Related Articles: History of British Furniture Styles
Medieval Revival (1780-1830)
Regency Classicism (1800-1830)
Gothic Revival Victorian Period (1830-1900)
Neoclassicism (1760 - 1790):
This style was inspired by the art and design of classical Greece and Rome, as well as archaeological discoveries. Vases were a common design motif, and were often decorated with swags and festoons. Beading, lines of small beads was another common motif. A wide range of both real and imaginary animals appeared. Dolphins, lions, sphinxes, griffins and styrs were often depicted. Robert Adam's development of the sideboard was a lasting influence. Furniture of this period was characteriscally light and elegant in appearance. Straight tapering legs were typical of chairs at this time.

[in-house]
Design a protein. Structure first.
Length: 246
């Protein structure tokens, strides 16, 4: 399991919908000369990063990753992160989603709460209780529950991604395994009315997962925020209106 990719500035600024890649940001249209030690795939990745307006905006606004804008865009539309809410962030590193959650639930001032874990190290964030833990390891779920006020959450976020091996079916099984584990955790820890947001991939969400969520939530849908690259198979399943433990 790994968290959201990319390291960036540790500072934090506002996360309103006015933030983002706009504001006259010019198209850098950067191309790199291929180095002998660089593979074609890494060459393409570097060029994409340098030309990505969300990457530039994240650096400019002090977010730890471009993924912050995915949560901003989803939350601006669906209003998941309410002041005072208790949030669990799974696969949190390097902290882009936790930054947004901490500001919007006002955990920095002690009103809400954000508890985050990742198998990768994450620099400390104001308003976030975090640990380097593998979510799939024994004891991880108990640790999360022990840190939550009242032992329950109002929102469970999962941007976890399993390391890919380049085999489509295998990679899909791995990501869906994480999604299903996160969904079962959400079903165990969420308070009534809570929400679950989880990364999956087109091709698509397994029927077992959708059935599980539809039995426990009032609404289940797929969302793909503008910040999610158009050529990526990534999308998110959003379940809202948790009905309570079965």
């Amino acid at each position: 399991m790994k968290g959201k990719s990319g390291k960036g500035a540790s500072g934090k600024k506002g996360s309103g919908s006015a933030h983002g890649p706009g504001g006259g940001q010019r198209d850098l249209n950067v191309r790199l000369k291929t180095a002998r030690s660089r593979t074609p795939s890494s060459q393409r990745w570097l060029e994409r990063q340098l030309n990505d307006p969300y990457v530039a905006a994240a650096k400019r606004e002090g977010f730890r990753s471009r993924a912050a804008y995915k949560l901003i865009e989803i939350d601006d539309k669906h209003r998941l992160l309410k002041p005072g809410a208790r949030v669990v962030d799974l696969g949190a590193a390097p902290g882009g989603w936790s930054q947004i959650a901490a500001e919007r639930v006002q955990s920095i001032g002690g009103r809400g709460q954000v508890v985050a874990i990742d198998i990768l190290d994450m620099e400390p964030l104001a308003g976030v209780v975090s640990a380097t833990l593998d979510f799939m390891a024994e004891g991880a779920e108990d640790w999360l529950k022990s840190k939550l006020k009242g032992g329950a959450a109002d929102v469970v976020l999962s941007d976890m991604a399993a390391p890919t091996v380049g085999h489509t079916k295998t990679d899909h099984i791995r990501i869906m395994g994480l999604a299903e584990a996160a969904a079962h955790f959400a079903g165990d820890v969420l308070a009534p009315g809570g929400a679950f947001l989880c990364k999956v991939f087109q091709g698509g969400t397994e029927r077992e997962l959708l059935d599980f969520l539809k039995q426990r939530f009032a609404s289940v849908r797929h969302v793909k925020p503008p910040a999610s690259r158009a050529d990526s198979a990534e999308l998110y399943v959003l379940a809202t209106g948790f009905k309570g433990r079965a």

Medieval Revival (1780 - 1830):
Inspired by the Gothic art and architecture of the Middle Ages, it was developed as an alternative to classical styles. The pointed arch was the most recognizable characteristic. Tracery, was ornamental openwork patterns. Another common motif was the quatrefoil, a flower-like ornamentation with four lobes. Wood is elaborately turned or carved into spiral-twist forms.
Source: The V&A Guide to Period Styles by Anna Jackson